I’m a freelance journalist and published poet, based in Manchester.
My debut poetry pamphlet is available at wildpressedbooks.com/david-keyworth.html
Island of discovery
How might an island-people, with no access to our modern technology and transport, have quarried and moved statues, weighing up to 82 tons? This is one of the questions at the heart of a fascinating exhibition currently on display at Manchester Museum.
When Dutch explorers visited Rapa Nui (on Easter Day 1722, hence the European name), they were greeted by the sight of giant-head statues. This discovery has gone on to inspire artists, including Jacob Epstein (1880-1959), and archeologists ever since.
At the entrance to the exhibition we are greeted by the imposing figure of Moai Hava, a statue of an ancestor carved from basalt and collected by HMS Topaze in 1868.
Inside we learn how the culture of the Rapanui people influenced the creation of the statues. The Rapanui believed that all of their island, including rock, was animate and that through commemorating their ancestors, they could also channel their influence and power (mana).
The exhibits range from carved stone heads, ash and volcanic rock to the covers of graphic novels, albums and cartoons, including The Mighty Thor, and Pink Floyd's The Division Bell , which prove how the statues have taken on a wholly new cultural life.
The question as to how the giant heads and busts were transported is not conclusively answered, although there is a very convincing depiction of how it might have been done - this is a subject which needs to be communicated visually and not just in words.
Another intriguing question is why the statues were allowed to fall or were even pulled down. Was it clan warfare? The decline in the belief of ancestor-power? A shift in focus to the European ships and their cargo of textiles, irons and trinkets? Or simply a combination of all these factors?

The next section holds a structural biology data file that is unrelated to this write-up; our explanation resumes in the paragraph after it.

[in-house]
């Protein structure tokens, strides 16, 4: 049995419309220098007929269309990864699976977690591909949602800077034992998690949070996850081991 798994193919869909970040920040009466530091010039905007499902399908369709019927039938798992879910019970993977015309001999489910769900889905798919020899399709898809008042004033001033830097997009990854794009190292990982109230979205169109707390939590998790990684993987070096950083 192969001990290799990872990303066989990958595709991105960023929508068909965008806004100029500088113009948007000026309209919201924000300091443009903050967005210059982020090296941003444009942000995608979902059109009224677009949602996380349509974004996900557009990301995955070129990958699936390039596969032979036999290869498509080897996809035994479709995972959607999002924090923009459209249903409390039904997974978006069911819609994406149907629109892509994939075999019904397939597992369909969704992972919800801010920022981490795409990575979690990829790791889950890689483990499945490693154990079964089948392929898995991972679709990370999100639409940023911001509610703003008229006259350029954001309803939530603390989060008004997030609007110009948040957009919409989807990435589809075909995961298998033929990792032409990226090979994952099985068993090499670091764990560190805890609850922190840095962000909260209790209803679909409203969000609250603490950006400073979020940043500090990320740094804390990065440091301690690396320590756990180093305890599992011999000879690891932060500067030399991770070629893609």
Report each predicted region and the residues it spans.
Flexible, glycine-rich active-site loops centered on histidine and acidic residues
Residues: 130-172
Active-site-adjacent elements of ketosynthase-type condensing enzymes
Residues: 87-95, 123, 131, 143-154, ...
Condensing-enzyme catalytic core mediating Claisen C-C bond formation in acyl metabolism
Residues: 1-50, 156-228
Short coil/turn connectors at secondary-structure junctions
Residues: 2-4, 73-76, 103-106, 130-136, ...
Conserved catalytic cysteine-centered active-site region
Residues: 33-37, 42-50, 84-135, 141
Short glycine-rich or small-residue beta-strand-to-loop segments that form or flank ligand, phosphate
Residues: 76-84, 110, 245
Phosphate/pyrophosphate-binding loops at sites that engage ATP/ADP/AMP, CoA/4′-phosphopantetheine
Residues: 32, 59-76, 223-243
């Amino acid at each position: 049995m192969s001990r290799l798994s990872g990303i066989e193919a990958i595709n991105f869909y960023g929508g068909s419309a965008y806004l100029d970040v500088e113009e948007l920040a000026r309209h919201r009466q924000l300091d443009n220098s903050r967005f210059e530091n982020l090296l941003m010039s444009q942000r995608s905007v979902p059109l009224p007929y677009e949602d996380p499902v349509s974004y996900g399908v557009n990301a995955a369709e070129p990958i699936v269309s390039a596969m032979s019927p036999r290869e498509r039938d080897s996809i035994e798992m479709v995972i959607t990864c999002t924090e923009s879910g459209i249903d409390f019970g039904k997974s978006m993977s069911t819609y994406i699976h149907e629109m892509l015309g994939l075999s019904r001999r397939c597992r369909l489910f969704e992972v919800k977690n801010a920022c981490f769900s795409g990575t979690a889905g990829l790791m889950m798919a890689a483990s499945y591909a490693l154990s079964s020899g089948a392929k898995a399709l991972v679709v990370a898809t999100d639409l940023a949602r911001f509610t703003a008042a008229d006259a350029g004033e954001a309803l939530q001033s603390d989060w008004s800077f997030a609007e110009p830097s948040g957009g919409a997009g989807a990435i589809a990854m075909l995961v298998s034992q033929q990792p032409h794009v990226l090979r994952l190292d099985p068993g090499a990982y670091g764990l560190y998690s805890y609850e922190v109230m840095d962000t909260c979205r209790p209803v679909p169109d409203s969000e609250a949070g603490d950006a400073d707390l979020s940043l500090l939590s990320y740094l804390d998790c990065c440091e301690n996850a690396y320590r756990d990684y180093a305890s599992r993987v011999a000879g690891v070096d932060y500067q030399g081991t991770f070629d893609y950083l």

Many of the items on display are on loan from the British Museum in London but there is still strong Manchester input. Professor Colin Richards, an archaeologist from the University of Manchester, drew on his recent fieldwork on the island, to help give the exhibition shape. His work brings a fresh perspective on the significance and quarrying of the distinctive top-knots (pukao) which look like decorative hats and were used to represent very important ancestors. At the centre of the floor-space there are also replicas of the statues, created by the museum's in-house specialists
Making Monuments on Rapa Nui is another reminder from Manchester Museum of how we can learn from other cultures and how human ingenuity so often leaves us with conundrums that are still waiting to be solved.
Rapa Nui at Manchester Museum. Photo by Joe Gardner.
The origins of The Manchester Museum lie in the collection of the Manchester manufacturer and collector John Leigh Philips (1761-1814). After his death, a small group of wealthy men banded together to buy his 'cabinet', and in 1821 they set up the Manchester Natural History Society. The museum expanded in 1977 into the former Dental School. It is a university museum and its collections, including dinosaurs, mummies and live animals, are designated by the government as being of national and international importance.
Refreshment can be found at Café Muse, with breakfast, lunch and afternoon menus.